Last updated: August 28. 2013 1:55PM - 213 Views

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Rob Davis spent last week in a boat on the Missouri River.

The Smith-Cotton athletic director was paddling his way down it, traveling 340 miles from Kansas City to St. Charles in less than 80 hours.

“My summers are a time for me to get out and do something for myself,” he said.

Davis and more than 500 other competitors in 345 boats were part of the Missouri River 340 (MR340), a race across the state that began at 8 a.m. July 23 at Kaw Point Park in Kansas City. Competitors had until midnight Friday to reach St. Charles.

“It draws everything from guys like me who see if I can do it (against) the elite endurance guys,” Davis said.

Davis has participated in the event four times, and this year wasn’t the only person from Smith-Cotton on the river.

“I went with a friend of mine to visit Rob last year in Waverly, which is one of the check points,” said Smith-Cotton physical education and health teacher Kevin Ditzfeld. “Upon seeing Rob pull in I thought it was a pretty cool deal. I mentioned to Rob that if he wanted to continue to do it I would do it with him.”

Davis had another partner lined up for the tandem division, Chris Crane, so Ditzfeld teamed up with his brother-in-law Brian Eisenloeffel.

Before the race, both Davis and Ditzfeld paddled in shorter events, including the Missouri River Shootout that covers a 51-mile stretch of the river from Kansas City to Lexington.

“A lot of people suggested that you train just by working out, getting in better shape as well as rowing,” Ditzfeld said. “You’re going 340 miles. I don’t think there’s much physical training that you can do to prepare you for 340 miles.”

The Shootout came the day after an early May snowstorm hit Kansas City, and Ditzfeld said that race was difficult but it gave him a chance to understand what the Missouri River had in store for him in this race.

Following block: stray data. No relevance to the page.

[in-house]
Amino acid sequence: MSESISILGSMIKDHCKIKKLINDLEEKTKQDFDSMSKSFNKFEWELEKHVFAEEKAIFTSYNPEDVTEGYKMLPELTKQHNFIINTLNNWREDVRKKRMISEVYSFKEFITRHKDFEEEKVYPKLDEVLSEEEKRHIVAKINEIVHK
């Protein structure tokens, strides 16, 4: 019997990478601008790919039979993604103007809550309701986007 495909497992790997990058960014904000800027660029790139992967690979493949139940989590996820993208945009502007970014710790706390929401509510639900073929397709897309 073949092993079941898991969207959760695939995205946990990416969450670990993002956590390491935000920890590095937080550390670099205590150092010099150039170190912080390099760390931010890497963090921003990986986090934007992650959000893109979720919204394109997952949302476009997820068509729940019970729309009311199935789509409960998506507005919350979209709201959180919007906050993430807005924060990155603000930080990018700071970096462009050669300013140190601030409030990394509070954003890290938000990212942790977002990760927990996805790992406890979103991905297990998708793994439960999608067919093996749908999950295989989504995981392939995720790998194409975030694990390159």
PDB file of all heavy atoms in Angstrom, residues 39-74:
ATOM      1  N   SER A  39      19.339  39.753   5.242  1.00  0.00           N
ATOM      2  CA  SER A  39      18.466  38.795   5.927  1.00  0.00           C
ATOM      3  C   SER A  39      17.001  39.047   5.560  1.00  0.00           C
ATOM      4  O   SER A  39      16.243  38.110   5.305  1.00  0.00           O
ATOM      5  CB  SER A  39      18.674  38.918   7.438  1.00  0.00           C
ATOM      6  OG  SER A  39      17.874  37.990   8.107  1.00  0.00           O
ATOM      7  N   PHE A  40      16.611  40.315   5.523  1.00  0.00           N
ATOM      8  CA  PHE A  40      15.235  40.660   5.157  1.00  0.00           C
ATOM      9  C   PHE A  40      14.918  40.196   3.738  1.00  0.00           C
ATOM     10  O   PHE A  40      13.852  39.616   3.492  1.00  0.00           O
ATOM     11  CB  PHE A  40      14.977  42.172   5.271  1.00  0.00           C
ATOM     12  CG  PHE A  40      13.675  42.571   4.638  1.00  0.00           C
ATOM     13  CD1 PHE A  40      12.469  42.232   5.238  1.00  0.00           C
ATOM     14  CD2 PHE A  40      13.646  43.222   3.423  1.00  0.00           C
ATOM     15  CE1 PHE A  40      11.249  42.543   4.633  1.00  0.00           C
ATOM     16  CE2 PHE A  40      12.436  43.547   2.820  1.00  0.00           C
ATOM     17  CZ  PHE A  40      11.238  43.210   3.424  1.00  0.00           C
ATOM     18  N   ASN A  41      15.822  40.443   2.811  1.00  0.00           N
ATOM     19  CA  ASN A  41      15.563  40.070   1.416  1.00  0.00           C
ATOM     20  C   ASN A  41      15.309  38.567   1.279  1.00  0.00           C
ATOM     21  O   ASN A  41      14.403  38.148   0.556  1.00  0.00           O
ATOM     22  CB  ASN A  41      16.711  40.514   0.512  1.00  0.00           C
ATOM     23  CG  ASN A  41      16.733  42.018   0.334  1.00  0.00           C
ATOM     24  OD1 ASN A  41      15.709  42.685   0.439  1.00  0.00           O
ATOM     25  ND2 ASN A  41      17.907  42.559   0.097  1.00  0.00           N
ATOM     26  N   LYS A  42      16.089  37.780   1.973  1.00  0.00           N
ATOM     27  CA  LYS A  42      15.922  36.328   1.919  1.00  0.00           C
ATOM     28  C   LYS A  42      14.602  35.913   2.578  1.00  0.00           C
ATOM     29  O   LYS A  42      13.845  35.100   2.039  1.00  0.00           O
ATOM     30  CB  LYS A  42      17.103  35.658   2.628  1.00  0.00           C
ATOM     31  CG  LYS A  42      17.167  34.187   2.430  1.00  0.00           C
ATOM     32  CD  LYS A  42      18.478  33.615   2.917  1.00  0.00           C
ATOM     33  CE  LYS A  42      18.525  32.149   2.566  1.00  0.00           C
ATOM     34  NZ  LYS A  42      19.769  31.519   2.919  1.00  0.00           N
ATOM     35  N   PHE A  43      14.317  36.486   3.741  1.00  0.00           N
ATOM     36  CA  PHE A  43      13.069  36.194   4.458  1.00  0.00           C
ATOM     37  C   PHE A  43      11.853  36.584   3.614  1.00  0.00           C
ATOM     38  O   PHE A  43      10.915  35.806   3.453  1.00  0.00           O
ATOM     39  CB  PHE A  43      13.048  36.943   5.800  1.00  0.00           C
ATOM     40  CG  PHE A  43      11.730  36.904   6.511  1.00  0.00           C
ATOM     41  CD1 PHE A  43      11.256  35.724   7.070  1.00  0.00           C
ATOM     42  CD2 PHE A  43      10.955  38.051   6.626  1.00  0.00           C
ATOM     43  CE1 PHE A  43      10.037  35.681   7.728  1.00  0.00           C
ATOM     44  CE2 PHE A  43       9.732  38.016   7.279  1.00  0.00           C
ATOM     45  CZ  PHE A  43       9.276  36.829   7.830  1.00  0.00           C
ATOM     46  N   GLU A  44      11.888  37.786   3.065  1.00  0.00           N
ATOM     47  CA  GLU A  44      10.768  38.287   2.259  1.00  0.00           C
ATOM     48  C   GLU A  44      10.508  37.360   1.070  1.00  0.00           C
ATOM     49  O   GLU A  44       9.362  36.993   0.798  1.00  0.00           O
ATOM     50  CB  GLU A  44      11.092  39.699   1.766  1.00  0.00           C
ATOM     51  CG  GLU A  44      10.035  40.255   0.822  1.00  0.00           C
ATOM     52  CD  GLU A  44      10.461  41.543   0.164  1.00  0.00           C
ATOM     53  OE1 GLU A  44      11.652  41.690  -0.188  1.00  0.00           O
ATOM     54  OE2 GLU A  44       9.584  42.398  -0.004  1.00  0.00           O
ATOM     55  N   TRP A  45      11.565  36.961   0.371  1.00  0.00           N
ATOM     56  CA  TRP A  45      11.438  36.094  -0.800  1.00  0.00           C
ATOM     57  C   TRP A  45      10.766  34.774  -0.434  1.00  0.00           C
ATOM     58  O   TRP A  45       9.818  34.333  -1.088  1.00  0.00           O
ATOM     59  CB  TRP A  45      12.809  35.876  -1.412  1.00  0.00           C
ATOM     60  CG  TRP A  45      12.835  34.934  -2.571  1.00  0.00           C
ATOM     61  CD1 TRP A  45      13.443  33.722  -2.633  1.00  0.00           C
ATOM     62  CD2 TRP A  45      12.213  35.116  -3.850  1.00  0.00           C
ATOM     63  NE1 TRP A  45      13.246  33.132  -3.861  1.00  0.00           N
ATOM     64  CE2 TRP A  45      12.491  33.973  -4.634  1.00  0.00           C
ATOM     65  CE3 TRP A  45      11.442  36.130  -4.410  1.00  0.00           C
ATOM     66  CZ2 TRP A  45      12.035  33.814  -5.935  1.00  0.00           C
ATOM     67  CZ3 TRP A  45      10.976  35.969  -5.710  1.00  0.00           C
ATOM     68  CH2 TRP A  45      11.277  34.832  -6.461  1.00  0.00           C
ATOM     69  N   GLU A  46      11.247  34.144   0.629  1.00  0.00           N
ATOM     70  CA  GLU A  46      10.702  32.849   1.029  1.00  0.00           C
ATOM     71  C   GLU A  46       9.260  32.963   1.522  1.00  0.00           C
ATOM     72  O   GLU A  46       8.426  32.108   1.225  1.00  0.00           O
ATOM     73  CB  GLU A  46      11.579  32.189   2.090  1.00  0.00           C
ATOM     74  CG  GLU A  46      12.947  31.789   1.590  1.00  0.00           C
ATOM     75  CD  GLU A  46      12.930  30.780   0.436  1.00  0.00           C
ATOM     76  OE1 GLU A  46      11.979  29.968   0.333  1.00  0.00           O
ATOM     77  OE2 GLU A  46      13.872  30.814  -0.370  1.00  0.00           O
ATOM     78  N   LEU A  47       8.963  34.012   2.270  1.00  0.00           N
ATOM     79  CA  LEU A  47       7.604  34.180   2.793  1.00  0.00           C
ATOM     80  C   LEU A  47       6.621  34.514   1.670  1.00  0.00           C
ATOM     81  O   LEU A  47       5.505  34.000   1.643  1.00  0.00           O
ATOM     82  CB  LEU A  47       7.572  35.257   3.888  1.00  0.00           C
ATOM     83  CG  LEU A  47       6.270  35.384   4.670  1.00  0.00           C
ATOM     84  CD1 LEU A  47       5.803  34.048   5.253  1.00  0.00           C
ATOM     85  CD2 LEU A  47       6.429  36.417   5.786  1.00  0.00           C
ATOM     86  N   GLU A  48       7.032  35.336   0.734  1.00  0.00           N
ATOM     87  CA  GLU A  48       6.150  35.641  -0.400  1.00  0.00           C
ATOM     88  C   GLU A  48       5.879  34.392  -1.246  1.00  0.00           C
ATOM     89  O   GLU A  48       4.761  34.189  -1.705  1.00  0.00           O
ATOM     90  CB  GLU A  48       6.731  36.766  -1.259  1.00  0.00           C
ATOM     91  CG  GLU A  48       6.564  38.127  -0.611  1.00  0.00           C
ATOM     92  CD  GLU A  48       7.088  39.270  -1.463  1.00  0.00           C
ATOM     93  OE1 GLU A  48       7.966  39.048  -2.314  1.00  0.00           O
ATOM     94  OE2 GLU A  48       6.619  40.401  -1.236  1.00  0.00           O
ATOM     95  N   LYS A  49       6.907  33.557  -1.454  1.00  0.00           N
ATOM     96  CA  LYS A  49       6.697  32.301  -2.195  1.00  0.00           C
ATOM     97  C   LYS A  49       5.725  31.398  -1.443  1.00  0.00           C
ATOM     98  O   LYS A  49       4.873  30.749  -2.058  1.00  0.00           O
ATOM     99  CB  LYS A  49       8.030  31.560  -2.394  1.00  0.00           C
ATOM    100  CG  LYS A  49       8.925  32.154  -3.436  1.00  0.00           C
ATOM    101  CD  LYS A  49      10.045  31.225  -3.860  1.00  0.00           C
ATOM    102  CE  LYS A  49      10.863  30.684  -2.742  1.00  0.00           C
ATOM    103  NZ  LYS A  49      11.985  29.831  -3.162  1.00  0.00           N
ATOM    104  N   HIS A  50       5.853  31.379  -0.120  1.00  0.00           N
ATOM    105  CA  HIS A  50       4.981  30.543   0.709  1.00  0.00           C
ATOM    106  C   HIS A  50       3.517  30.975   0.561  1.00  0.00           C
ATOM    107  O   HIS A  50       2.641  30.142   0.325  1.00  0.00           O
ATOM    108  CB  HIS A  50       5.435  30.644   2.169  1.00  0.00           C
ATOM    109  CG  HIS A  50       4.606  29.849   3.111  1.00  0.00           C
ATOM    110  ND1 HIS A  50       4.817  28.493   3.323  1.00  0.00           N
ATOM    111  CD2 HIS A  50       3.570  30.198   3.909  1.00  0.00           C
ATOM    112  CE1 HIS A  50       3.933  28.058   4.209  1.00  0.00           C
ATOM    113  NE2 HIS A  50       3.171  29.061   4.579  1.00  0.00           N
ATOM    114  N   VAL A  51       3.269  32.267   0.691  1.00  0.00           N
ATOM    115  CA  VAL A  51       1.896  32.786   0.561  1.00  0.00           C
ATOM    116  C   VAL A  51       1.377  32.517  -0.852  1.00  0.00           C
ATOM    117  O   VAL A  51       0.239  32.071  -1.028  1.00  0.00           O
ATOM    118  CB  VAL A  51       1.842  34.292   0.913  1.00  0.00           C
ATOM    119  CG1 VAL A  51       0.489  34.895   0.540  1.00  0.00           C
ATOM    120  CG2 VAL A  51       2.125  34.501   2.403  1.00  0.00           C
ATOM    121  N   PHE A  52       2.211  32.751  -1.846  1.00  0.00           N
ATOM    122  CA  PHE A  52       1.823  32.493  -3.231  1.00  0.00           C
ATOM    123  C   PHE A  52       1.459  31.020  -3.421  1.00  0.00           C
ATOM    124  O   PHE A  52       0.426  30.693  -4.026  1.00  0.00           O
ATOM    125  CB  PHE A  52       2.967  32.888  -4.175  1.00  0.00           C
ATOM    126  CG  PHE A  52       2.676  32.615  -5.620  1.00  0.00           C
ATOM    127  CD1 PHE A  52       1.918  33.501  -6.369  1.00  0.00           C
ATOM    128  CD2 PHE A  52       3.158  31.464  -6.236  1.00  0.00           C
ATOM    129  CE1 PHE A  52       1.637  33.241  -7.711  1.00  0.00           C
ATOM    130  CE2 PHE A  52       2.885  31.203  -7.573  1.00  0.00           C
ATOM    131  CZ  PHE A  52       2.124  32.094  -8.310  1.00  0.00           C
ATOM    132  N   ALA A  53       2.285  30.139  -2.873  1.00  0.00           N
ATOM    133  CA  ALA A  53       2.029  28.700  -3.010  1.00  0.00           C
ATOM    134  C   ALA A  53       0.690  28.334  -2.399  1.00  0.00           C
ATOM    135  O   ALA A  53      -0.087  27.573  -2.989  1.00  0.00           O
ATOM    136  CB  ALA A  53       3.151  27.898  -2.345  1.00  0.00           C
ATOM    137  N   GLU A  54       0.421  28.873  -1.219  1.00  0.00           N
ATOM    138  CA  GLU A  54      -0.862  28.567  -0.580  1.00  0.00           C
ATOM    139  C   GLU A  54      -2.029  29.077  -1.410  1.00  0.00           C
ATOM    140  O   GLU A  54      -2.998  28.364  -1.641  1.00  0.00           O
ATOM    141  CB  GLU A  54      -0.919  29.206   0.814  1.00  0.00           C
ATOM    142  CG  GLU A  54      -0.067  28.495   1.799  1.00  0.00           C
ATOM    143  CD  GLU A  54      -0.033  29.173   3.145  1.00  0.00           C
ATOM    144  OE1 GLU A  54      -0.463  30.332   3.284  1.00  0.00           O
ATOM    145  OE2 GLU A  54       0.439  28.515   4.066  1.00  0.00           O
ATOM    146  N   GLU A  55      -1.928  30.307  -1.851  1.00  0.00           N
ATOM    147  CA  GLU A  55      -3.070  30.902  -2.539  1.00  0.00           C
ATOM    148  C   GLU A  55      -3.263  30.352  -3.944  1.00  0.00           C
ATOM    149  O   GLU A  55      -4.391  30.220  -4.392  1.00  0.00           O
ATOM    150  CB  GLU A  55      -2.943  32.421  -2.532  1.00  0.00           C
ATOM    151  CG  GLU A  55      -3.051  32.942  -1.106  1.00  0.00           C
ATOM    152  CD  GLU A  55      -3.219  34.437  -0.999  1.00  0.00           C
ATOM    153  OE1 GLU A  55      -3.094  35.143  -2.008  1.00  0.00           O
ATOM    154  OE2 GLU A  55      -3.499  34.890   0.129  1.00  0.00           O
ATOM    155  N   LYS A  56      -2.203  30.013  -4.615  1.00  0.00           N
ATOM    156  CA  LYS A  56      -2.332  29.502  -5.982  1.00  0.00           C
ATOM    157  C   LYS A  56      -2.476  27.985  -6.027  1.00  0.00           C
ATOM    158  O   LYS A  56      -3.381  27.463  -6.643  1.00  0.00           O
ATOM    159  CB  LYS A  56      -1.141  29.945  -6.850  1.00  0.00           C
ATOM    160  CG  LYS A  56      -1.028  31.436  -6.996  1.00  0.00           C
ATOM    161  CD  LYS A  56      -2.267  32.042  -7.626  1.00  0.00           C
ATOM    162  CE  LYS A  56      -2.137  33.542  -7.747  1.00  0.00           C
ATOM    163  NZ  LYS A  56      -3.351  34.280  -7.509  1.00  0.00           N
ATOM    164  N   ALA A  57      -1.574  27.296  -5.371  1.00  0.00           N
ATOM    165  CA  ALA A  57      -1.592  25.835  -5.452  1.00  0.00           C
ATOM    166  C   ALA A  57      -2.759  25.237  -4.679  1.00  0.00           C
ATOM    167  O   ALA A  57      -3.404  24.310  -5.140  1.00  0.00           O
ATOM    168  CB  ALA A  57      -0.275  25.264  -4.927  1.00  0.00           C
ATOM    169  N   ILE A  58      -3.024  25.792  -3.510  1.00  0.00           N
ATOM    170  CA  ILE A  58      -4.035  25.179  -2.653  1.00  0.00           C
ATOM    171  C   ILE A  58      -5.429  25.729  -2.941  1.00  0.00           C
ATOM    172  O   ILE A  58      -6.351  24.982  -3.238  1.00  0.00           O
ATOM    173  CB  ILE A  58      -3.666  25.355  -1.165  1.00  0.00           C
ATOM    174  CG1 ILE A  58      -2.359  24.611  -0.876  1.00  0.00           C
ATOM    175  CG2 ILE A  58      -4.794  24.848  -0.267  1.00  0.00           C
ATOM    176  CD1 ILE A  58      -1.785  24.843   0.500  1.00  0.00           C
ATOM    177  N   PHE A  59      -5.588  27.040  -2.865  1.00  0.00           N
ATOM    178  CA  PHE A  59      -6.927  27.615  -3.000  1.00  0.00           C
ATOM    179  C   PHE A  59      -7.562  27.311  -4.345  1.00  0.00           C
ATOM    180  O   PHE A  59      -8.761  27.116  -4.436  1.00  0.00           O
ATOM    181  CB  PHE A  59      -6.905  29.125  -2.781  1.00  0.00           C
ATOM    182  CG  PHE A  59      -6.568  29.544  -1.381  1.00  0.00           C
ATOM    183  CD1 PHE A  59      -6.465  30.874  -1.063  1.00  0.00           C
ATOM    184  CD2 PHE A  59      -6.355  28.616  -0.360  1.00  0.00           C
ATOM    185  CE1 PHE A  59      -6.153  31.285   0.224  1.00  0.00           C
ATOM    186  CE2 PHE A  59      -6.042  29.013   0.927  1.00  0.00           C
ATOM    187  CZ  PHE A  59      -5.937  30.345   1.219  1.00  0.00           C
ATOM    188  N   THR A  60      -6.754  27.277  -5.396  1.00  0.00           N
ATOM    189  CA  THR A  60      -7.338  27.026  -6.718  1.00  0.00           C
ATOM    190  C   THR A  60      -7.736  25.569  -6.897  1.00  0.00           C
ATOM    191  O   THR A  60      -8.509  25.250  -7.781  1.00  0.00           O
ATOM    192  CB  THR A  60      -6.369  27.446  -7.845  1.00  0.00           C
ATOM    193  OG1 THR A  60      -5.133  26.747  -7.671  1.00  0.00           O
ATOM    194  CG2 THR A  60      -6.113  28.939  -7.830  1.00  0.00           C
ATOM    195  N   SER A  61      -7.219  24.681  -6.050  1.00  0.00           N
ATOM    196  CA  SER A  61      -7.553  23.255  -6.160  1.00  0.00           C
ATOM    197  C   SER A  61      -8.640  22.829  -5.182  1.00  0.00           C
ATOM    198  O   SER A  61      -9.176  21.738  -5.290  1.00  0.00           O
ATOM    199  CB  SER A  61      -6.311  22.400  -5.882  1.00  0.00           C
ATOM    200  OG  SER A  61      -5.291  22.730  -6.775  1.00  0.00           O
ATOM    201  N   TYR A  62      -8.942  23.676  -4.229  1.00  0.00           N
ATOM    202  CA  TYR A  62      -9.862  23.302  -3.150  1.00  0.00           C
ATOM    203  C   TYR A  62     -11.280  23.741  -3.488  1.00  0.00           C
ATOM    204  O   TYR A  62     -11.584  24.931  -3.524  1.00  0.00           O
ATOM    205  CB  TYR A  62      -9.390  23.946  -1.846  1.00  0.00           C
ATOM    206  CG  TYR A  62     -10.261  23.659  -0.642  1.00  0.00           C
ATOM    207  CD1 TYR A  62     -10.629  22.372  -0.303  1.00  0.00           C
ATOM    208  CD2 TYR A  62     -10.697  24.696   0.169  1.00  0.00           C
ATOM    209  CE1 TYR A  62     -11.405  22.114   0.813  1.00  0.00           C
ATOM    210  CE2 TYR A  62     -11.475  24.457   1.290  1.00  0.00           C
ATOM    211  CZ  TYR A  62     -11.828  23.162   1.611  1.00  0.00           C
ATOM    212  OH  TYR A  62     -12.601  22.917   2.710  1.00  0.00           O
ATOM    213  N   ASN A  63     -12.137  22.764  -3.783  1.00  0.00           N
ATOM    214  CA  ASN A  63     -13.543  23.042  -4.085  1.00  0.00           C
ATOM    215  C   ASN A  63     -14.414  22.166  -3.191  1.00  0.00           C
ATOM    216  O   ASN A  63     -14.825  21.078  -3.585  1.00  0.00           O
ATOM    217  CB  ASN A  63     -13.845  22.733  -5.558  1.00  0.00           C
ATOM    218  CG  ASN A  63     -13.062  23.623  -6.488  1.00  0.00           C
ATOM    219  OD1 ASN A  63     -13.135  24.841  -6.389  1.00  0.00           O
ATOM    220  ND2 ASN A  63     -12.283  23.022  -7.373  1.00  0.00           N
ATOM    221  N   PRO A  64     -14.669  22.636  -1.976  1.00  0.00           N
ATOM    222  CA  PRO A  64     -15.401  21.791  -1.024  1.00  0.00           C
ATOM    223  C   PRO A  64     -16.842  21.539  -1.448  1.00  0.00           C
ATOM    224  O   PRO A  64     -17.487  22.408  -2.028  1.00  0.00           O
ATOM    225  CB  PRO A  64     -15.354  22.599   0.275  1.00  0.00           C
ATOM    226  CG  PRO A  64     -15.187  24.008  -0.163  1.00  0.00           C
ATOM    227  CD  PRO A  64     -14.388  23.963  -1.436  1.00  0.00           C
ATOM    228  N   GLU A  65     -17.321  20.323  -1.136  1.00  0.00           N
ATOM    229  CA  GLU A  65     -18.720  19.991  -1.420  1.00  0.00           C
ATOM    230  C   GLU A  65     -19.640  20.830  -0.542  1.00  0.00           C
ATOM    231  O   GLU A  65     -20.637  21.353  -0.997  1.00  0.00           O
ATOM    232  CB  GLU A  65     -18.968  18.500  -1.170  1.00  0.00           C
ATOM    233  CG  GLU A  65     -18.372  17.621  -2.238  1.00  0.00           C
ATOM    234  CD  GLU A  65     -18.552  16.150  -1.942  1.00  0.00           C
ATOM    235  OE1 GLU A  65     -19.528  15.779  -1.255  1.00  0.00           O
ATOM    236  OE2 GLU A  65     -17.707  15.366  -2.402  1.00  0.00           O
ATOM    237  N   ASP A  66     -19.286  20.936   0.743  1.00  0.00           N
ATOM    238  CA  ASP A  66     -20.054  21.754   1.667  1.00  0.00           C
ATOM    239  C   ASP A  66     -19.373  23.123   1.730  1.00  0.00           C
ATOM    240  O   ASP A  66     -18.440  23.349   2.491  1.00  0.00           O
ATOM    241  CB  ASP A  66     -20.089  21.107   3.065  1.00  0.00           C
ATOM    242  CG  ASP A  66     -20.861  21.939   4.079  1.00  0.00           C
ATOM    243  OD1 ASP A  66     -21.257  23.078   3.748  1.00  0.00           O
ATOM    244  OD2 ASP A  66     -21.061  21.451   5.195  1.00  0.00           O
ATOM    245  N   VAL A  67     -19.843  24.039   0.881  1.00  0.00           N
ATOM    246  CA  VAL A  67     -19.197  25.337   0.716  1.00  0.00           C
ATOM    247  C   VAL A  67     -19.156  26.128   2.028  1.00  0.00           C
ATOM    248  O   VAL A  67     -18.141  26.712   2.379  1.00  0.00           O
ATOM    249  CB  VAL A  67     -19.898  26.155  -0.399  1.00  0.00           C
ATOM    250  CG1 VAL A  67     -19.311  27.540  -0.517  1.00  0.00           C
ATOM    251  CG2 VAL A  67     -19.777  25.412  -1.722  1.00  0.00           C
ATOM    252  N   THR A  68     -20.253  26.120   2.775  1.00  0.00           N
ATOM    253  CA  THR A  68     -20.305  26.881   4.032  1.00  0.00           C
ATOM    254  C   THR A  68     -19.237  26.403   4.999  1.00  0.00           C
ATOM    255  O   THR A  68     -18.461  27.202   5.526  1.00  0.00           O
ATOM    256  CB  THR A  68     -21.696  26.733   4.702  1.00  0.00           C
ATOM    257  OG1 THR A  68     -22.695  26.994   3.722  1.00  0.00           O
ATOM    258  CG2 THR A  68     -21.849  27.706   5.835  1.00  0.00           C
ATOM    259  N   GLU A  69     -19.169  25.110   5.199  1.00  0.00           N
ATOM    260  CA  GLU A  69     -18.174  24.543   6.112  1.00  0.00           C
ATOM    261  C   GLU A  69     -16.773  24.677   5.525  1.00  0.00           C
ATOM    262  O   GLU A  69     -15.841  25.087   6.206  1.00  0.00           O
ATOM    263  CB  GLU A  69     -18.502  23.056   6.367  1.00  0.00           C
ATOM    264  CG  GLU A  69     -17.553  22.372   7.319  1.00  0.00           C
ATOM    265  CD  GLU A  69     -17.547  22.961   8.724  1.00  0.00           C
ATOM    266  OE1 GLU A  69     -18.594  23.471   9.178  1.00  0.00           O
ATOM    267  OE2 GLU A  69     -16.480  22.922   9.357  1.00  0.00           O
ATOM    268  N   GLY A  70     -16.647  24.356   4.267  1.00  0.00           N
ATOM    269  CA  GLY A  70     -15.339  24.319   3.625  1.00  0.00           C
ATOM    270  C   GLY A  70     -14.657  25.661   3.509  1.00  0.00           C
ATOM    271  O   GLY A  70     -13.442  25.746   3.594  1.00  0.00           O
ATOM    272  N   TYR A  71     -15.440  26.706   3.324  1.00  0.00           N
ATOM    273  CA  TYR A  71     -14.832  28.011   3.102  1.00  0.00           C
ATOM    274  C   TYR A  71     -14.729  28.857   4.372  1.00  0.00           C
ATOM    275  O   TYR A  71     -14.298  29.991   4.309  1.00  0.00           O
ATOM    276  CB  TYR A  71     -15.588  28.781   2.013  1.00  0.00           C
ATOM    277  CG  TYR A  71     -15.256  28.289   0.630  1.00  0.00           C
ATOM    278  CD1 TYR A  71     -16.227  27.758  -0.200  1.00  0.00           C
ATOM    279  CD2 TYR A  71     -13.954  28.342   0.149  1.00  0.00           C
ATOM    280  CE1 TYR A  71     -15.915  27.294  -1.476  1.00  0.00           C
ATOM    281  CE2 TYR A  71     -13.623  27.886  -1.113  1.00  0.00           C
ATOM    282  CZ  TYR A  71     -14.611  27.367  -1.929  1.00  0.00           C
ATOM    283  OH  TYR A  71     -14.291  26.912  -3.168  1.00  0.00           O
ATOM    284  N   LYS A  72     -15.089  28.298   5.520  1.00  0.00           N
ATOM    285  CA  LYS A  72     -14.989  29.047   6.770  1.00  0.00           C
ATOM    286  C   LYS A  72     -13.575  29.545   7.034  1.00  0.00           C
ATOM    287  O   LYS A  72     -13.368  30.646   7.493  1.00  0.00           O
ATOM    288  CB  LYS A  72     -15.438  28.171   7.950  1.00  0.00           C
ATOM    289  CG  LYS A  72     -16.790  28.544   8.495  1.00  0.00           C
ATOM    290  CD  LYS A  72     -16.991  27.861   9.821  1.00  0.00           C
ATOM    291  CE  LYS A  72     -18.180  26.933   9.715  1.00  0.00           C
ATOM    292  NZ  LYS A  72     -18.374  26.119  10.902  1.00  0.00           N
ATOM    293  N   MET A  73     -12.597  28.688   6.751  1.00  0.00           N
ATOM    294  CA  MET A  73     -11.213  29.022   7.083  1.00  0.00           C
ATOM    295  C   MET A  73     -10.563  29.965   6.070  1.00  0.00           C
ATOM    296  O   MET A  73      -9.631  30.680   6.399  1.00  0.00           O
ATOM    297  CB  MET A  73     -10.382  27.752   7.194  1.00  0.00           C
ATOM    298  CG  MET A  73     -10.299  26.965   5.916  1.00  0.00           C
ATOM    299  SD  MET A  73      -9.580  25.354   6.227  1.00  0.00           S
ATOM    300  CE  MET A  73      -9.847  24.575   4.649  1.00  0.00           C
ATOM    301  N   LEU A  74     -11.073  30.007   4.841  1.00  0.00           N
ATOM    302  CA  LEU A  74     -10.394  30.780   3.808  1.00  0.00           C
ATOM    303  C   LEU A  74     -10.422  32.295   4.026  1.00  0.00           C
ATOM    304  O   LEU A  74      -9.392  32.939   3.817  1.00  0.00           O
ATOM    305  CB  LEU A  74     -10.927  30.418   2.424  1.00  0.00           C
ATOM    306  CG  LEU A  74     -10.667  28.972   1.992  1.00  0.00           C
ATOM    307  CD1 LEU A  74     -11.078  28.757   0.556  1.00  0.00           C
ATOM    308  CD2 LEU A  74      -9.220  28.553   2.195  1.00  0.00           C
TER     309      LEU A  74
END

“It takes a little bit to understand channel markers and how to listen to navigational buoys and how to avoid wing dikes and slack water,” he said. “I was fortunate to have Rob with me when I did the shootout because he gave me a crash course on how to understand the river.”

And the river can throw a lot at a competitor. Asian carp are known to fly out of the river and terrorize competitors. There are also parked barges, river traffic and bridge pilings that boats have to avoid, and racers have to be on the lookout for when paddling at night.

“If you catch yourself on the wrong side of the river and hit the wing dike, you could go over or scrape your hull,” Davis said. “You have to be able to deal with those types of things. You have to be really careful and have a spotlight.”

About one third of the way through, Crane had to drop out because of a deltoid injury. Davis continued on, paddling solo in the same two-person boat since race rules don’t allow competitors to change boats mid-race. He had a cooler filled with ice and water that he put in the front of the boat to weigh down the bow and kept on going, finishing the race in 79 hours, 54 minutes.

“I’m used to physical exertion but this is unlike anything I’ve done before,” he said. “You’re paddling and trying to stay awake while you’re paddling. Your shoulders hurt, your back hurts, sitting in the same place makes your backside hurt.”

Davis made it to St. Charles at 3 p.m. Friday, nine hours before the deadline. He had to push to get there, leaving the checkpoint in Columbia at 6 a.m. Thursday and paddling with no sleep for the next 33 hours.

Going without sleep is fairly normal for competitors. Ditzfeld said he and his partner slept for a total of five hours between 6:30 a.m. July 23 when they arrived at the start in Kansas City and the early morning hours Friday when they reached the finish line.

“Some people go nonstop without sleeping, some sleep in their boat,” Ditzfeld said. “We were fortunate to get out and rest our eyes. Even a half hour nap keeps you going.”

The lack of sleep is just one of the mental challenges racers face.

“Grinding through the heat, the bugs, the lack of sleep, going for hours being hungry and knowing you’re not going to be able to eat until your next checkpoint,” Ditzfeld said.

Despite all the challenges and the grueling nature of the event, Ditzfeld plans to go back next summer.

“I can’t wait,” he said. “There was one time during the race I thought this was crazy. Once you finish the race, it’s something that’s pretty magical. You have a feeling that’s indescribable and it’s something I’m going to remember the rest of my life.”

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